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    Growing up at the Singularity Summit
    Coming of age with a familial strain of futurism, I have been carrying on the tradition quite naturally. Cobbling together bits and pieces of breakthroughs and speculation I've formed my own personalized worldview, and I've undoubtedly taken some bits and pieces of Singularity theory with me. In spite of the close proximity between Space Collective and many of the ideas being discussed at the Singularity Institute, no one from the "staff" has ever ventured out to a formal conference. So I paid a visit to the Singularity Summit in early October to see what I'd been missing all these years.

    Given that the future is a multifaceted frontier, and that my background is in "the future of everything," I was expecting to meet a very diverse crowd, and I did. But as I continued asking questions, I realized that in this community two subjects really floated to the top - greater than human intelligence and immortality. Some people wore cryonics tags tucked in shirts, and occasionally exposed them to make a point, others allowed them to glisten in the sun. There was an amazing talk by a 17 year old Thiel fellow that made me feel more convinced than ever before that immortality would become a matter of choice.

    But I followed the scent of superhuman intelligence for the most part, perhaps because it opened up discussion to the most existential predicaments. There are two generally accepted ways of discussing the emergence of greater than human intelligence. "Soft takeoff" describes a gradual development that may allow us to adapt as we incorporate more and more intelligence into our world. "Hard takeoff" would imply the rapid creation of a runaway artificial intelligence that at its most volatile could lead to our extinction. For better or worse, the authorities on the subject seemed to expect "hard takeoff."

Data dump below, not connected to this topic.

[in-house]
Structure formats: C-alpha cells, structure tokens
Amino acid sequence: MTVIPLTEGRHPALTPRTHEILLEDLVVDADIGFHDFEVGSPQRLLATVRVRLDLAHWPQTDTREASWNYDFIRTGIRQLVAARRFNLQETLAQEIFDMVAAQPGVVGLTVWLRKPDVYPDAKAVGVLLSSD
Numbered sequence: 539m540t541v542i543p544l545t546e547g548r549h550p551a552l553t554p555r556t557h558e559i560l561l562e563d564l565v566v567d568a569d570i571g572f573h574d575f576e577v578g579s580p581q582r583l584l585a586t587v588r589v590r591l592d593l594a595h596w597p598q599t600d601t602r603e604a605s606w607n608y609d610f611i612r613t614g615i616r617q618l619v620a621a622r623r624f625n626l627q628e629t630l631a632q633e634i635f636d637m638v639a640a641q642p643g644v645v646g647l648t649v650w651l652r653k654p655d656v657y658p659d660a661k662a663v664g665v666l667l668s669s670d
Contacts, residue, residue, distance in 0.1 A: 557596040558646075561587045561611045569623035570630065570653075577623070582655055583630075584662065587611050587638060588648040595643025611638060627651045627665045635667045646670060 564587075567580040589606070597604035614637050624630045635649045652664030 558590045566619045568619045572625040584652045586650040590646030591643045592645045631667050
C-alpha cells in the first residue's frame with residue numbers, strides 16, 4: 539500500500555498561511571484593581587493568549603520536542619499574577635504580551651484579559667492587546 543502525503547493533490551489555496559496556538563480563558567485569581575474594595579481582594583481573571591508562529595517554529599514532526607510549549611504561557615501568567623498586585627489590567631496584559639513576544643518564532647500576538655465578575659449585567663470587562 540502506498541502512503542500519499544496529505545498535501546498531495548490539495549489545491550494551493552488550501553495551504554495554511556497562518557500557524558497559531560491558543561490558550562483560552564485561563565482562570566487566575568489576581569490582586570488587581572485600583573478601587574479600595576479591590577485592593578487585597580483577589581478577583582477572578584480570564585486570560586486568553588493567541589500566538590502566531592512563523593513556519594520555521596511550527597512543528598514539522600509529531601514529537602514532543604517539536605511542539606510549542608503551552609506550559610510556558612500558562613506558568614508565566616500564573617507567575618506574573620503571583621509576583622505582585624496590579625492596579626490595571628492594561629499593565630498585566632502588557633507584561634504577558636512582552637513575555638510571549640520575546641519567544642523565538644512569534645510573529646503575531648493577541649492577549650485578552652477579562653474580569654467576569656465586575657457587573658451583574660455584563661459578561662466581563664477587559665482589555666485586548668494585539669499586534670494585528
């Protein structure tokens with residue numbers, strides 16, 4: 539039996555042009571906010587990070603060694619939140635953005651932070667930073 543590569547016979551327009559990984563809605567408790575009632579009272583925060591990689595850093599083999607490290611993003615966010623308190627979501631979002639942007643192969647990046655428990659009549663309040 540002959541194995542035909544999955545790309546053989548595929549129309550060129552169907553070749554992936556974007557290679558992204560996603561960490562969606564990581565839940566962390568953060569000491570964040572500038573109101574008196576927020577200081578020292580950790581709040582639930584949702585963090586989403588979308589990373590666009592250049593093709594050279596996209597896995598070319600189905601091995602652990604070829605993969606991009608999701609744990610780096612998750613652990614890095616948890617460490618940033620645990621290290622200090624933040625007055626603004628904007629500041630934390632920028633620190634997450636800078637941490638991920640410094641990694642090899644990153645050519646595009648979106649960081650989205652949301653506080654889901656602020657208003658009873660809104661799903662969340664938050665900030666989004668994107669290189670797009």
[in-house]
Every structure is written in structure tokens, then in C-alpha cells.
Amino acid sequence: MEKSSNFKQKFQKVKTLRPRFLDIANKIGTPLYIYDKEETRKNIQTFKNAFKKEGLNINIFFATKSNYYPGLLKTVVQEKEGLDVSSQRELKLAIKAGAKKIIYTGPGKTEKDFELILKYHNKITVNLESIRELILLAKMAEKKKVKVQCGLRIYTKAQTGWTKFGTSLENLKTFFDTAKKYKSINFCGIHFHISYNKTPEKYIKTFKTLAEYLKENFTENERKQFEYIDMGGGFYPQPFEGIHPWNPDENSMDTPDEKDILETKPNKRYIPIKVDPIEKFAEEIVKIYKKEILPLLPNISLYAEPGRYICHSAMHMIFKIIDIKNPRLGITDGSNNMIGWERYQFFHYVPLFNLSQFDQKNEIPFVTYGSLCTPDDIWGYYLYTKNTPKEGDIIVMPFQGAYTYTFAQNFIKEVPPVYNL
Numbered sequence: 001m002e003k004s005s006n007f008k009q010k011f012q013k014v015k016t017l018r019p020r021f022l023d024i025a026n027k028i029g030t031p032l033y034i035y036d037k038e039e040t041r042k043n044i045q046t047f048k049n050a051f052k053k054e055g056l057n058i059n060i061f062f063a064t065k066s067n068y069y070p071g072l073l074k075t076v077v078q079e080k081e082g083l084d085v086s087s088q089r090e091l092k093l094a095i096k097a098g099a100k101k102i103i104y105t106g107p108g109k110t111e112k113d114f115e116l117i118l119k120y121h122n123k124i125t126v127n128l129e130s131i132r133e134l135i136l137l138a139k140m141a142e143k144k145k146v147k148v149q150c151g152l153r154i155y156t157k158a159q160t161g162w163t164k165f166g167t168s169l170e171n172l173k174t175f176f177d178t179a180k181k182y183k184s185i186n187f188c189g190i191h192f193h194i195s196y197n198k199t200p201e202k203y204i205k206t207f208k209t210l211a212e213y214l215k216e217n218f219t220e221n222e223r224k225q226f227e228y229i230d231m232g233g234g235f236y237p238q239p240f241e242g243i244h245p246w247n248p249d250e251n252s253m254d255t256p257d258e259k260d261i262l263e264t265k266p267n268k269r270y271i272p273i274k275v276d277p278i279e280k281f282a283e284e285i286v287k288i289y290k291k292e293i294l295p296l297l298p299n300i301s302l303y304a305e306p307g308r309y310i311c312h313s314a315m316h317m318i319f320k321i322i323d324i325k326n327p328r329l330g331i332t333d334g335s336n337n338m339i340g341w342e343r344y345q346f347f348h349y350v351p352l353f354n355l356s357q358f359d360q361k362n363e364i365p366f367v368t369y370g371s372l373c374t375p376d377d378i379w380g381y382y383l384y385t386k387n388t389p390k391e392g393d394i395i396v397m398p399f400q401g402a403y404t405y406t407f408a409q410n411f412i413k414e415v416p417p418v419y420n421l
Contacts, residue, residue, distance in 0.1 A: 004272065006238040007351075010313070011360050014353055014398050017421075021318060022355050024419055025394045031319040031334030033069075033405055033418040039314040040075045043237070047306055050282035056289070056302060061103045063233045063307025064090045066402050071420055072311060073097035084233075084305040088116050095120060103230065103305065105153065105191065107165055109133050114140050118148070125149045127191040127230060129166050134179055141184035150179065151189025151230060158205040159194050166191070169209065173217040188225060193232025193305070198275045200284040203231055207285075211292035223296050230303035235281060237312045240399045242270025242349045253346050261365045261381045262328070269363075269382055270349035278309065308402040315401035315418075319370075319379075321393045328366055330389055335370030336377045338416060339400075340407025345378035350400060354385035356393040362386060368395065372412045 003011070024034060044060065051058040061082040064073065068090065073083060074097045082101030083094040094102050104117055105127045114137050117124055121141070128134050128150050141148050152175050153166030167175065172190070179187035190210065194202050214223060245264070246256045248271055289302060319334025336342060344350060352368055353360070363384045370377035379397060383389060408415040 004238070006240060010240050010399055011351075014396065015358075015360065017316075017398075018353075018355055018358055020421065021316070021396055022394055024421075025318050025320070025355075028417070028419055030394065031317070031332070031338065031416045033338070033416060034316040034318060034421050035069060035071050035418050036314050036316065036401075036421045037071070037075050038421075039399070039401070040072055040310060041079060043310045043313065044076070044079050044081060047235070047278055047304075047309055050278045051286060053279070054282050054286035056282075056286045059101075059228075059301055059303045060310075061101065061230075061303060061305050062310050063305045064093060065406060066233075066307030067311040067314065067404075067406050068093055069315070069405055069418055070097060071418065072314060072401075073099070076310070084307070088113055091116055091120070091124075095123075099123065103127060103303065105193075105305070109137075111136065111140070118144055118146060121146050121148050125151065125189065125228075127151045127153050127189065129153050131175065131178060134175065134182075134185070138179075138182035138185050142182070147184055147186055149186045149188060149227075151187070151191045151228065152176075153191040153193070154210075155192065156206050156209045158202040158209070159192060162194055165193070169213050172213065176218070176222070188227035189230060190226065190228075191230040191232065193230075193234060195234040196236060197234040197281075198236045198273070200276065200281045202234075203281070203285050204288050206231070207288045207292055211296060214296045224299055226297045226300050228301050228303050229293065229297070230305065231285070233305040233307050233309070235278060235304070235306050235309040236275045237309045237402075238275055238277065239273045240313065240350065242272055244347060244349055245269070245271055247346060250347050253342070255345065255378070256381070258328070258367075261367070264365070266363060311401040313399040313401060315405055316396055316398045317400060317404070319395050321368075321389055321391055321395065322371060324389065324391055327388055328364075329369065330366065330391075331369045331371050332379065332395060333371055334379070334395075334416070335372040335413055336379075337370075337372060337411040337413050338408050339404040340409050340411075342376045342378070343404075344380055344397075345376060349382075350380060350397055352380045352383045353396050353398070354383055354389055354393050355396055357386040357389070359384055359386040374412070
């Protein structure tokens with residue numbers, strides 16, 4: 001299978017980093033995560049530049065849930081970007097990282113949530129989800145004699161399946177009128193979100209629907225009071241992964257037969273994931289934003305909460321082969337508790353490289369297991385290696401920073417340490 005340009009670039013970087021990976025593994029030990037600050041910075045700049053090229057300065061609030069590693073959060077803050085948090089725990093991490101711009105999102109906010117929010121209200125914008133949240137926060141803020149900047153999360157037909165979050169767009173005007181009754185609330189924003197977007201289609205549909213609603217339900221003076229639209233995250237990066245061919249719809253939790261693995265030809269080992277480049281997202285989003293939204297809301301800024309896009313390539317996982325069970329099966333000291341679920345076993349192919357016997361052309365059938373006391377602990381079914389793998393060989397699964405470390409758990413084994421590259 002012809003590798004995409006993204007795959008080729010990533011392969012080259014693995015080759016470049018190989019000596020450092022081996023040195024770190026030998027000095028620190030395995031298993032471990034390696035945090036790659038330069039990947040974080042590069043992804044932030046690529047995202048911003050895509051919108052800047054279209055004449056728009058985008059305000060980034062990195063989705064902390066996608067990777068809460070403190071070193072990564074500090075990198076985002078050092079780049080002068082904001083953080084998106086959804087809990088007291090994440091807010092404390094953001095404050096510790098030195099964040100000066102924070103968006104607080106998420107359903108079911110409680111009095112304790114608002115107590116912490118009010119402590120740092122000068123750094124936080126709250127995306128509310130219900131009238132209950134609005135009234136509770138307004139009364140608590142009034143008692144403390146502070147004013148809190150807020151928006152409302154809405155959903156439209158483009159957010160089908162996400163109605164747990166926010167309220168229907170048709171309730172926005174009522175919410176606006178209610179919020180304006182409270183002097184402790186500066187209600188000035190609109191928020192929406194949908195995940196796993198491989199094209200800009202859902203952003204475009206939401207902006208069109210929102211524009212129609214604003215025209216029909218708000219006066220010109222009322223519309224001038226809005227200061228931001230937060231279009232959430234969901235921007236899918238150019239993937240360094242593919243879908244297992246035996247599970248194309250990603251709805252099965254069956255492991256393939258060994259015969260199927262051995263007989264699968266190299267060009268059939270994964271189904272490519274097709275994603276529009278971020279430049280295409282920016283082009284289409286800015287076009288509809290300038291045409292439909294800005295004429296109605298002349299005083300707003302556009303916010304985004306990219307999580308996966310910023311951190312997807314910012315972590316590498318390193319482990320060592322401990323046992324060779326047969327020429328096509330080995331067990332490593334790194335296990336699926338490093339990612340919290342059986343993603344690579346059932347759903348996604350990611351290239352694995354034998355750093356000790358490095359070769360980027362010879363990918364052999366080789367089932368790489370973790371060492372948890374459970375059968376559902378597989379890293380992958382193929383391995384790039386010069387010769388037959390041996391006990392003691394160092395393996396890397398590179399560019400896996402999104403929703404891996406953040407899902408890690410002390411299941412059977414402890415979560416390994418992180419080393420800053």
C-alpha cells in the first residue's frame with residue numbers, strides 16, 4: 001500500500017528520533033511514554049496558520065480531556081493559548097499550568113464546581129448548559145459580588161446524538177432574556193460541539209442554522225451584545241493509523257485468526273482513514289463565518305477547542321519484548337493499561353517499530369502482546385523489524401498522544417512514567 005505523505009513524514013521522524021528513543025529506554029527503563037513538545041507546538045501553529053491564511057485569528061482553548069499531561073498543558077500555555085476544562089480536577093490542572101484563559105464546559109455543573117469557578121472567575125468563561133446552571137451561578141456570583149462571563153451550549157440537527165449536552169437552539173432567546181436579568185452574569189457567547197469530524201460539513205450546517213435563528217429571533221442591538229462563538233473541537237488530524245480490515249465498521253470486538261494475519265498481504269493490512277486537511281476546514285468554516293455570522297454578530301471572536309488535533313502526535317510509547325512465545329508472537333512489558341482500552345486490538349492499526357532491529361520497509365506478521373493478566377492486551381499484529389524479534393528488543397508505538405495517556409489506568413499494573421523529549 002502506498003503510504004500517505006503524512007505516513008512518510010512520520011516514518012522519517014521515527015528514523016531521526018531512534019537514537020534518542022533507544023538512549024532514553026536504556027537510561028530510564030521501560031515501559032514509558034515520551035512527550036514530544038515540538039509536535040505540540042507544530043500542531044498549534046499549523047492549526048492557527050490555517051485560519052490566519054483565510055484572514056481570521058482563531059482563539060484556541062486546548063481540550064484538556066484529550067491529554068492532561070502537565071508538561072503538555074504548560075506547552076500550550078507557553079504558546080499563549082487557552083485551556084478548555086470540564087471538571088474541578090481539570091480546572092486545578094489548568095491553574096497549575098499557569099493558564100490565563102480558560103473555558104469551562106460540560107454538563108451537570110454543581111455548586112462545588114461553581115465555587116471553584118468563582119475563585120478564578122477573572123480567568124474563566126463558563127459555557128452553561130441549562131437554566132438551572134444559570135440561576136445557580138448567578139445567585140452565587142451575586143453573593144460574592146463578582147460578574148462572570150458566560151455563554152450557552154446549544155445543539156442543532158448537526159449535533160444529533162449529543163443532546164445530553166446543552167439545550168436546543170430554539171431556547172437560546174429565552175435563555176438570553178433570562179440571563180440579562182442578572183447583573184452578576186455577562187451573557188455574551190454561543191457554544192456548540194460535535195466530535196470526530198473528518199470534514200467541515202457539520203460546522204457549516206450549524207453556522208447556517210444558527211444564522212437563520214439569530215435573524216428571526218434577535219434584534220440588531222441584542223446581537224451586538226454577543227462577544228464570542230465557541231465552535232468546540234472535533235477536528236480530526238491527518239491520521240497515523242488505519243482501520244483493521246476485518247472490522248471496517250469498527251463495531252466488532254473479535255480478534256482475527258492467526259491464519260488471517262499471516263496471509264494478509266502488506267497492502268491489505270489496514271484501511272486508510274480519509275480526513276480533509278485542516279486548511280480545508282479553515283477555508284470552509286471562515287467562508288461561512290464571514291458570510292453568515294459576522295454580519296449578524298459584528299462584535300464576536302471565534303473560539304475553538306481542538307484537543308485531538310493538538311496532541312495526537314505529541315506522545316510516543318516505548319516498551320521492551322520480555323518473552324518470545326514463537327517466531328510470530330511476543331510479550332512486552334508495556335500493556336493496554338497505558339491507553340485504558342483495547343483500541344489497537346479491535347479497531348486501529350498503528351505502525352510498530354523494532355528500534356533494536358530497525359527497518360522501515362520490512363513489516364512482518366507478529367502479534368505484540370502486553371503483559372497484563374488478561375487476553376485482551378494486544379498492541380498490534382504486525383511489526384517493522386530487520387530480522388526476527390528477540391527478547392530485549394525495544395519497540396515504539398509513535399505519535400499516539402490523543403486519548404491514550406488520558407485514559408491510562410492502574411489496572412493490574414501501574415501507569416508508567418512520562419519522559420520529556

One of these authorities is Eliezer Yudkowsky, founder of the extremely popular "Less Wrong" community and a current research fellow at the Singularity Institute. According to the website, Less Wrong is a forum where

    "users aim to develop accurate predictive models of the world, and change their mind when they find evidence disconfirming those models, instead of being able to explain anything."

    In other words, the Less Wrong community strives to help you realize that you are biased about a lot of things, including the common misconception that AI will not pose a serious threat to humanity.

    Luke Muehlhauser, the executive director of the Singularity Institute explains that this misconception is due largely to "the availability heuristic" which explains how we usually assume probabilities based on what is most available to our memory. In "Not Built to Think about AI" he writes:

    "The availability heuristic also explains why people think flying is more dangerous than driving when the opposite is true: a plane crash is more vivid and is reported widely when it happens, so it’s more available to one’s memory, and the brain tricks itself into thinking the event’s availability indicates its probability."